City Finance Committee says for new animal services officers won't be added right away despite chief's requestLocal NewsTuesday, November 25, 2014
The Santa Fe Police Department’s Animal Services Division will have to wait until at least next year to get additional taxpayer funding for additional officers.
The City Council Finance Committee on Nov. 17 postponed an item in which Police Chief Eric Garcia requested roughly $207,000 for two additional animal services officers. That taxpayer money would have included salary, vehicles, equipment and training for the positions, according to Johnny Martinez, manager of the Animal Services Division.
The SFPD division is currently authorized for six full-time officers in addition to Martinez, who as manager spends much of his time at the Santa Fe Animal Shelter & Humane Society—which leases offices to the city—on supervisory duties for the division.
The other officers are supposed to fan out across the city every day, enforcing Santa Fe’s animal control ordinances. One position remains vacant. During a ride-along with SFR [Dog Days, November 12, 2014], Martinez told us it’s difficult to recruit the right person for the job. Currently, the five animal control officers make between $12.74 and $15.11 per hour, according to the city’s transparency portal. Martinez makes $23.03 per hour, according to the data.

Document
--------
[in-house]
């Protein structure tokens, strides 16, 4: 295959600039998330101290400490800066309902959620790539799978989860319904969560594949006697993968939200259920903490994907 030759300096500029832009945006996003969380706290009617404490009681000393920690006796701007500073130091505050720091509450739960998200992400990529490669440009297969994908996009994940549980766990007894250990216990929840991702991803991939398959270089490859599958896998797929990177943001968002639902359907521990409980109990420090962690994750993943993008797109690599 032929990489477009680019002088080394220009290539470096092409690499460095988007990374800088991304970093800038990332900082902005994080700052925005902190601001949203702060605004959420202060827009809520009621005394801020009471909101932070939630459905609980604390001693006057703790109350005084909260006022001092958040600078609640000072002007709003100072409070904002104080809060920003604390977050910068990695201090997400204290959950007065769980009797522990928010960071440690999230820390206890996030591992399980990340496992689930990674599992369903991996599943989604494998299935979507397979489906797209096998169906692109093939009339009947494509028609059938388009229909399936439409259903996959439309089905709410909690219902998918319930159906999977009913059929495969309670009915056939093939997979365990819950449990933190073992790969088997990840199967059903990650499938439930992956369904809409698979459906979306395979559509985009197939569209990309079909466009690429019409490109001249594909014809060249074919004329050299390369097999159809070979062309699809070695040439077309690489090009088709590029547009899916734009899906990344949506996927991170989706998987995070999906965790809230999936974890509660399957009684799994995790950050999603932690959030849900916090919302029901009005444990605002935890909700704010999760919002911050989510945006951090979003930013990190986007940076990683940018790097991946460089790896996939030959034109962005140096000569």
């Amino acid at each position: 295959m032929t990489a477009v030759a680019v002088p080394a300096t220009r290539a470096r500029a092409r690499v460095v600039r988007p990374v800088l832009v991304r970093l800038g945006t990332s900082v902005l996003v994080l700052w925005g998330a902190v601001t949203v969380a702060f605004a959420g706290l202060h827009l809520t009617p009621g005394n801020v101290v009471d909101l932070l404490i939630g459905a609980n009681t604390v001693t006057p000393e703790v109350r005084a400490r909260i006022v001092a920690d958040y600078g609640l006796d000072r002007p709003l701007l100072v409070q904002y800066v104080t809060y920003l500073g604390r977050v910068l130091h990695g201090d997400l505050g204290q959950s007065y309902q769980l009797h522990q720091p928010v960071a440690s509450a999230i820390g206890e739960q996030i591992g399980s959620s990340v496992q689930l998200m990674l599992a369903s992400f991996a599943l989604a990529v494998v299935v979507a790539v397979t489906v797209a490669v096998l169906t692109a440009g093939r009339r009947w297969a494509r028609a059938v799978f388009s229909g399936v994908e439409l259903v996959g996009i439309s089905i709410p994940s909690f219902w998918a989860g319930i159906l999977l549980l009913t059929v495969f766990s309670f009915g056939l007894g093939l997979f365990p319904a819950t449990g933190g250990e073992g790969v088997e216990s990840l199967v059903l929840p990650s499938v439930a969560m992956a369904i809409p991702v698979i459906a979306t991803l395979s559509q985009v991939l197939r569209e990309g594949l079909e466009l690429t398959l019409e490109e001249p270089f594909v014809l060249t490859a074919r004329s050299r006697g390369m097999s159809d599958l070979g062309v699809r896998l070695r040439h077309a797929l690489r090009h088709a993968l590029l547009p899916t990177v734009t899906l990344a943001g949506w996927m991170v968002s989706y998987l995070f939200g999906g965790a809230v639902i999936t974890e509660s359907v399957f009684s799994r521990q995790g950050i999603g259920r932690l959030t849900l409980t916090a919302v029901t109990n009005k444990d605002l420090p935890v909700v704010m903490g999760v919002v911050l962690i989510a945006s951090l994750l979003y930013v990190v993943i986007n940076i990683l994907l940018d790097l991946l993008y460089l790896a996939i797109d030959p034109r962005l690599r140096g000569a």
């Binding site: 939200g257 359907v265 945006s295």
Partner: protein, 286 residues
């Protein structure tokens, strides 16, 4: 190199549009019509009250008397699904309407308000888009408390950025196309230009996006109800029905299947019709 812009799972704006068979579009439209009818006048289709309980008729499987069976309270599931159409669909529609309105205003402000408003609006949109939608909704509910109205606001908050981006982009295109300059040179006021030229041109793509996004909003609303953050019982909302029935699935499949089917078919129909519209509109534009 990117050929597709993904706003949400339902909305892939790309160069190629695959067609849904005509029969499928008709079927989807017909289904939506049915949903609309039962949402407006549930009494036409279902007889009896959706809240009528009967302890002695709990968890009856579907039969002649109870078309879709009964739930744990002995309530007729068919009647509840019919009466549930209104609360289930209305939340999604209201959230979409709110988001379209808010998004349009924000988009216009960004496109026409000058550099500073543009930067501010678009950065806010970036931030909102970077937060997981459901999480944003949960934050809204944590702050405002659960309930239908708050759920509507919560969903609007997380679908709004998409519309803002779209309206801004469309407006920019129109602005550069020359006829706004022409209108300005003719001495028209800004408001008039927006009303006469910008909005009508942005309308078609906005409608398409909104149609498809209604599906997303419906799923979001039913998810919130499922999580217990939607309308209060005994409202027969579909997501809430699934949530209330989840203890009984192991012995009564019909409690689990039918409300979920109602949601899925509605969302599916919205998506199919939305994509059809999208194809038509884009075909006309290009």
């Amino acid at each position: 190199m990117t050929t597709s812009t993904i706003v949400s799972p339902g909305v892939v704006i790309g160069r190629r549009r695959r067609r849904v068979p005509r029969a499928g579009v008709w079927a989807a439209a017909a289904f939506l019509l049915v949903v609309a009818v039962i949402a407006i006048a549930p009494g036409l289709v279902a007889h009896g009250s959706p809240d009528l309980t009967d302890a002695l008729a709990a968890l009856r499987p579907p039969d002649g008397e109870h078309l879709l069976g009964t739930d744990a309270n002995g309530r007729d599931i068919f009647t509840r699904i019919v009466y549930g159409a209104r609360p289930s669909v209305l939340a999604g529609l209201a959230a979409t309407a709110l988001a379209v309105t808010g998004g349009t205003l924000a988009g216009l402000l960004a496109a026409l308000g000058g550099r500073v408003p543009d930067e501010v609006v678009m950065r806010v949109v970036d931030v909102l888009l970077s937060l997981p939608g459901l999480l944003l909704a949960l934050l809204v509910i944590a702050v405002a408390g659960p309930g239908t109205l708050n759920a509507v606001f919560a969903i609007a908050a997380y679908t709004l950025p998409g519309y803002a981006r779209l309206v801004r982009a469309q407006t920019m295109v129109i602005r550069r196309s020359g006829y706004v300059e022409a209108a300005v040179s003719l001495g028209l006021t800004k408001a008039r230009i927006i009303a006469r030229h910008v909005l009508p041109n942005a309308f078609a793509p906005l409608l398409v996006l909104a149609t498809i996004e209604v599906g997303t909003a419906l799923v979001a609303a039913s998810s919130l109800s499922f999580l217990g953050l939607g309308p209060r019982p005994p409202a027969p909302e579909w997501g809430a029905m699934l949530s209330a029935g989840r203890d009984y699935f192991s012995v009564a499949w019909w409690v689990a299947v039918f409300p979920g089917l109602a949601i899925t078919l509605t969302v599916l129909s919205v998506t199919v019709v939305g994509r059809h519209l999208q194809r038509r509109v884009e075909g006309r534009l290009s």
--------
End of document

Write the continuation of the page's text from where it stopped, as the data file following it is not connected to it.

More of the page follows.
The division received roughly 6,500 calls for service in 2013, says Martinez, who says the division’s workload has increased after the city’s population increased by roughly 13,250 residents following its annexation of county land.
Carmichael Dominguez, chair of the Finance Committee, tells SFR that SFPD should have asked for the additional positions when the city was hammering out the budget early this year. “That’s one option,” Dominguez says when asked if the division will have to wait until the middle of 2015, the start of the city’s next fiscal year. “Unless they find [an additional] funding source, whether it be through reclassification of other positions or some kind of salary saving somewhere. They’ll have to wait until the next budget cycle.”